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24 May 2019

​How to increase confidence in your bilingual children

Published by Jessica Anne Tay
Renovation-and-refit-projects

​Seeing your child struggle with their self-esteem is hard and you will undoubtedly be keen to find ways of increasing their confidence. There may be many reasons for this lack of confidence, but if you are concerned that it may be because they are a bilingual child, there are some steps you can take to enable them to become comfortable with their fluency in two or more languages.

Try not to worry too much. Generally bilingual children become more confident than their monolingual peers and their abilities in the school language can meet or even outstrip those for whom it is their only language.

Check the reasons for lack of confidence

If you have had some reservations about raising your child to be bilingual, it is easy to assume that this is the reason for the lack of confidence. However, many other factors can cause this, such as a change of circumstances, a physical or learning difficulty or simply a problem with friends.

Children often dislike being marked out as different in some way but being bilingual is common worldwide. If your child is at an Australian international school in Singapore, they are very unlikely to be the only bilingual child, so encourage them to get to know other bilingual children, while you get to know their parents. This can help normalize their abilities in both your minds.

Five tips to increase confidence in your bilingual child

Do not over praise. If you are continually praising your child’s bilingual abilities, you may be making them more self-conscious about them. This can be hard as parents will often think that by praising frequently, they will be building their self-esteem. However it has been shown that it has the opposite effect, detracting from those times when your child genuinely deserves the praise.

Do not over criticize. Like over praising, criticizing can also make your child self-conscious and cause them to lose confidence in their abilities. Bilingual children will sometimes make mistakes, where they mix up their languages, but do not draw attention to it. This will simply make them more nervous in their conversation. By modelling the language yourself, they will learn to navigate their two languages naturally as they grow older.

Do not dismiss their fears. The fear of looking stupid is a very common one in children and adults alike, and if they are upset about an aspect of their communication, it does not help to simply dismiss their feelings. Instead, acknowledge that they are upset, but help them put it into perspective. Everyone makes mistakes and you can demonstrate this to them by pointing out when you too make a mistake.

Let them talk. It is hard to see your child struggling with communication and as your protective instincts kicks in, you may want to take over. However, try not to do this. By trying to communicate, your child will be learning key skills which will enable them to improve. You may also be implying to your child that you are ashamed of their bilingualism, as well as suggesting that it’s best not to even try, than try and make mistakes. It is fine to join in the conversation, helping to keep it flowing naturally.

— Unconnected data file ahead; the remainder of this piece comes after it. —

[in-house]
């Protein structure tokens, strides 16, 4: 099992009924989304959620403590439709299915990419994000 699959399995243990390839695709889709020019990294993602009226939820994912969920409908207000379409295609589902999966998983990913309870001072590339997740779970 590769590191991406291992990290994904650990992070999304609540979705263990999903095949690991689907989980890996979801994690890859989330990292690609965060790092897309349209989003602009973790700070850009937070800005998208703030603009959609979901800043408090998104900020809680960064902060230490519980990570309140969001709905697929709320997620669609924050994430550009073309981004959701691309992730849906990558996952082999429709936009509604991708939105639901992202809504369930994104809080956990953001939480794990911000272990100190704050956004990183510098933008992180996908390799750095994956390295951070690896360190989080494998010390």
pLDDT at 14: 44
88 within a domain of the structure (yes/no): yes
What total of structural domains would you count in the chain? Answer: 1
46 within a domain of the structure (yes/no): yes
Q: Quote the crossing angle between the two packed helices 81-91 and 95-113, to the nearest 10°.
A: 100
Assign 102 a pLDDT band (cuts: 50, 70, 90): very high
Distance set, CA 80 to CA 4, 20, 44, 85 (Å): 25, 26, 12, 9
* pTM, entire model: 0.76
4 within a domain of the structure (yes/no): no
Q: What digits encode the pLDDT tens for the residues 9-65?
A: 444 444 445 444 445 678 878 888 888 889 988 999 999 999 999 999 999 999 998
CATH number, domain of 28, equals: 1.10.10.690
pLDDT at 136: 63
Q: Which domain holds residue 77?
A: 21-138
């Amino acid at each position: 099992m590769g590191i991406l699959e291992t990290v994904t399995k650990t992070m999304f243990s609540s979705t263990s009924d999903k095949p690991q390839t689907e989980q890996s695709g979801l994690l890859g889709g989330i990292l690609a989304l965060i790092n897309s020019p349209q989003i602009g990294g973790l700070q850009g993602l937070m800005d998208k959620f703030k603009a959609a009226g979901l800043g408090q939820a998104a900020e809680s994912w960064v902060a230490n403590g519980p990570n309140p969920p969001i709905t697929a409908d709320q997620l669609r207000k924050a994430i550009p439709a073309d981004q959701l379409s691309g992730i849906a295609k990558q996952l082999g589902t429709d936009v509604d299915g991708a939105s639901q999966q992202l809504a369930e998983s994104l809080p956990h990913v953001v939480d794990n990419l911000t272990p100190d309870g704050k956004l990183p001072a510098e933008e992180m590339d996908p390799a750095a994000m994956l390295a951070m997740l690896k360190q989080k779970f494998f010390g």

Boost confidence in other areas. Confidence, or lack of it, is rarely confined to one aspect of a child’s development, so find ways to boost confidence in their life as a whole. Help them develop their strengths and passions whether it is in sport, music, craft or any other subject. Being able to excel at something will encourage them in all areas of their development and this will include their bilingualism.

Seek help if necessary

International schools in Singapore have a large number of bilingual students and will be accustomed to boosting confidence in those children. If you are concerned about your child’s confidence and how being bilingual is affecting it, their school can be a useful resource of ideas to tackle the issue.

At AIS we are proud of our bilingual students and never cease to be impressed with the confidence they gain in two or more languages and the range of skills which that enables them to take into other aspects of their education. We believe in valuing our student’s different languages and are particularly proud of our Mother Tongue program which allows our students to develop their language skills and to immerse themselves in the culture and language of their origins.

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Australian International School, Singapore

The Australian International School is the only southern-hemisphere school in Singapore that offers an Australian curriculum-based global education for students from the age of 2 months to 18 years.

This truly international education begins with the International Baccalaureate Primary Years Program (IB PYP) from Preschool to Year 5, Australian Curriculum for Years 6 to 8, Cambridge IGCSE in Years 9 and 10, and the Higher School Certificate (HSC) or International Baccalaureate Diploma Program (IB DP) for Years 11 and 12.

Australian International School has a vision to be known internationally as an institution which represents educational excellence in all aspects of its operation. Our school philosophy commits us fully to the notion of a holistic, rounded education, which cherishes the arts and sports as well as academics as essential dimensions of each student’s education. We are equally committed to teaching our students to have a moral commitment to making our world a better place as reflective, caring, knowledgeable and principled people. At AIS, each child is special, each is important.

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1 Lorong Chuan Singapore 556 818
Tel: +65 6653 2958 (admissions)
Tel: +65 6664 8127 (general enquiries)
E: admissions@ais.com.sg